I cannot save anyone. My death will not result in anyone else’s redemption. I am quite utterly imperfect. I cannot heal sickness, solve crises, prevent catastrophes, or bring the dead to life. All in all, I am hardly a person to be admired or imitated because, when it comes to the really important matters, I can only point to the One who actually matters. So then, why should I be famous? He should have all the fame because He has all the power. And I need Him far more than He needs me.

So, from 2010 onward, I want no more of my own fame.

Be sure to finish reading the rest of the article here:

Tuesday, January 12, 2010

James R. White on Lordship Salvation

Lordship Salvation continues to be a hotly debated issue.

Does it add works as a prerequisite of salvation? Or does it simply say that the Holy Spirit will necessarily bring about repentance, sanctification, and submission to the Lordship of Christ in all those that truly have faith in Jesus.

Men like John MacArthur have been under attack on this issue, even by others in the Reformed camp.

James R. White of answers a question on the topic.

HT: Reformed Voices

Monday, January 11, 2010

Is Jesus Really the Only Way?

by John Hendryx

Is Jesus really the only way? In an environment of such plurality and diversity this really seems an implausible or even arrogant claim of Christians. When confronted with the exclusive claims of Christianity, the question on many people's minds is how can Christians be so narrow as to believe that all non-Christians will be excluded from heaven? There are plenty of good people who are not Christians. Do Christians think they are better than others? So the question often put to Christians is what about a person, a good person who has been good all their life ... will they go to heaven?

Actually, Jesus himself answered this question. When asked by a rich young ruler what must he do to gain eternal life, Jesus answered: "If you want to enter life, obey the commandments" (Matt 19:17). So Jesus himself makes it clear that a good person who obeys all of God's commands would merit or qualify for eternal life. This includes all good people of all time from all nations, peoples, races and languages. The point is that if anyone could obey all God's commandments, they will live (also see Rom 2:6-8). So in answer to the question, yes a good person who has done good all their life would merit eternal life. The Scripture declares, however, that there is no one on earth who fits that description (Rom 3:9-18). There is no one who does not sin when measured against the holiness and majesty of God. That means you ... and that means me ... yes, all of us have utterly failed to follow the law God has given us. Only Jesus Christ alone has obeyed all of God's commands and earned a place at the right hand of God (Hebrews 4:15). You see, it is always important to look at context, for after Jesus tells the rich young ruler, "If you want to enter life, obey the commandments", He then goes on to explain but "With man this is impossible..." (Matt 19:26) So it is very important to note that Jesus teaches that the first prerequisite of eternal life in God, is when by God's grace, we recognize our utter impotence to save ourselves by human effort due to our moral corruption. This slavery we have to our rebellion renders it impossible to obey God's commands. In fact Jesus saved his greatest criticism of people on earth for the Pharisees because they believed and trusted in their own righteousness and moral ability to please God.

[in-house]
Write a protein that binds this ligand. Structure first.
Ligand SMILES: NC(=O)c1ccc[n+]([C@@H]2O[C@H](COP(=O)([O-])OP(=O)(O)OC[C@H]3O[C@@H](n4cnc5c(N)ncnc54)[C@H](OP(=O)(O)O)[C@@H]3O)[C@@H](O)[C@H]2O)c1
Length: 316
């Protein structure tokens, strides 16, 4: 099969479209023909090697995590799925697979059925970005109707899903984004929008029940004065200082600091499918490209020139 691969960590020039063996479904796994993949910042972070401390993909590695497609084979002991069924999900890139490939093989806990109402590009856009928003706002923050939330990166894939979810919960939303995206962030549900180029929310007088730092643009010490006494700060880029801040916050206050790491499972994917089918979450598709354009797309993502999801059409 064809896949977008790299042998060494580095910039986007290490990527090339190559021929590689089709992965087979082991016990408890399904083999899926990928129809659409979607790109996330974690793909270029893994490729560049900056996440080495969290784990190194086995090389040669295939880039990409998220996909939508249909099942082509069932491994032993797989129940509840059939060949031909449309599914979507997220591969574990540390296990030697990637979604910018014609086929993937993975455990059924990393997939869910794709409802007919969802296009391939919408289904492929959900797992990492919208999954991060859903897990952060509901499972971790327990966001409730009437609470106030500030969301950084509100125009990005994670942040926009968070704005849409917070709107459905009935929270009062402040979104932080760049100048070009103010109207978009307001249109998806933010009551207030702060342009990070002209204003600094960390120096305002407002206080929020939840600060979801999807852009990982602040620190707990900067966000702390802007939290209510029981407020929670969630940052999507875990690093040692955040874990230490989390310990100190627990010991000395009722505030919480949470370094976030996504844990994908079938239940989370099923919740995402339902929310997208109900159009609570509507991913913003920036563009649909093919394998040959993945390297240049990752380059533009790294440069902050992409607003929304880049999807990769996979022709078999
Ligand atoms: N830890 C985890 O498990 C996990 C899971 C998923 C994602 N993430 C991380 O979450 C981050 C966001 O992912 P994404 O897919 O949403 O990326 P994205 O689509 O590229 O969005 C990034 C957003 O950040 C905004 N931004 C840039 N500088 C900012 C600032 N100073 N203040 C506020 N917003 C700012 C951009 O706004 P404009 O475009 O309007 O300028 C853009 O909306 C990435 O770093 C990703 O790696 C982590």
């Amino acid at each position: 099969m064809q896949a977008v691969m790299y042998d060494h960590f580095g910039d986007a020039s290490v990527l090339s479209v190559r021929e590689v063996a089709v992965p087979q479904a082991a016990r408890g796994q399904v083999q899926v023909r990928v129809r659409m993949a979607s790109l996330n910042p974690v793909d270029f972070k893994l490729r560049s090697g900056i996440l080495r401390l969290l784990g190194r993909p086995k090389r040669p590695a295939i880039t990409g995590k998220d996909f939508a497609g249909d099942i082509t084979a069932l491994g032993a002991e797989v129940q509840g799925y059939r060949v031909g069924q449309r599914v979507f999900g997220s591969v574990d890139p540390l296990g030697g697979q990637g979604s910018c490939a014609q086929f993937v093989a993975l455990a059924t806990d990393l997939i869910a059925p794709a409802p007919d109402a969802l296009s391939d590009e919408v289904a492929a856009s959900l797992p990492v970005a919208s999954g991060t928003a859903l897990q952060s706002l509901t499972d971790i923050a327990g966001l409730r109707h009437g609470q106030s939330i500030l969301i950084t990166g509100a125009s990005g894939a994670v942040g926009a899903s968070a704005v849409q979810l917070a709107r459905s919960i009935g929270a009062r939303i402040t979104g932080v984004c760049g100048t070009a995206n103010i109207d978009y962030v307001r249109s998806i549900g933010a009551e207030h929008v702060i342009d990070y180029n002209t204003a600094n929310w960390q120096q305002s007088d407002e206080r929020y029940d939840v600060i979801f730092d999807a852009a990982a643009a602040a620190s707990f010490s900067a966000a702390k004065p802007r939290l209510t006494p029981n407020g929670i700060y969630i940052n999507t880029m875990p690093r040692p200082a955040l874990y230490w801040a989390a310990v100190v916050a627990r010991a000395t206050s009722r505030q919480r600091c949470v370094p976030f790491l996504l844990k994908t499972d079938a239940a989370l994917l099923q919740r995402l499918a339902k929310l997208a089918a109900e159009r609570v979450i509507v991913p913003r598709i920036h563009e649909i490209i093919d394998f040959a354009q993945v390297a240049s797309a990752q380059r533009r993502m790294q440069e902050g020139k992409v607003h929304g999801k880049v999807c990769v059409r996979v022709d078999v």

So what is Jesus saying here because this is really important? He is saying that in God's economy both moral and immoral people are equally alienated from God. God is equally offended by both. This may be counter-intuitive but moral people are lost because of their "goodness". Why? It is often the case that goodness keeps people from God. In fact many people avoid Jesus by avoiding sin because they are trying to become their own saviors ... attempting to justify themselves. But the gospel is neither moralism nor relativism and so it is equally offensive to the moral and the irreligious. So Christ calls us to repent of both our good and bad works, for we have no righteousness of our own.

Read the rest of the post here:

Sunday, January 10, 2010

Contextualizing the Gospel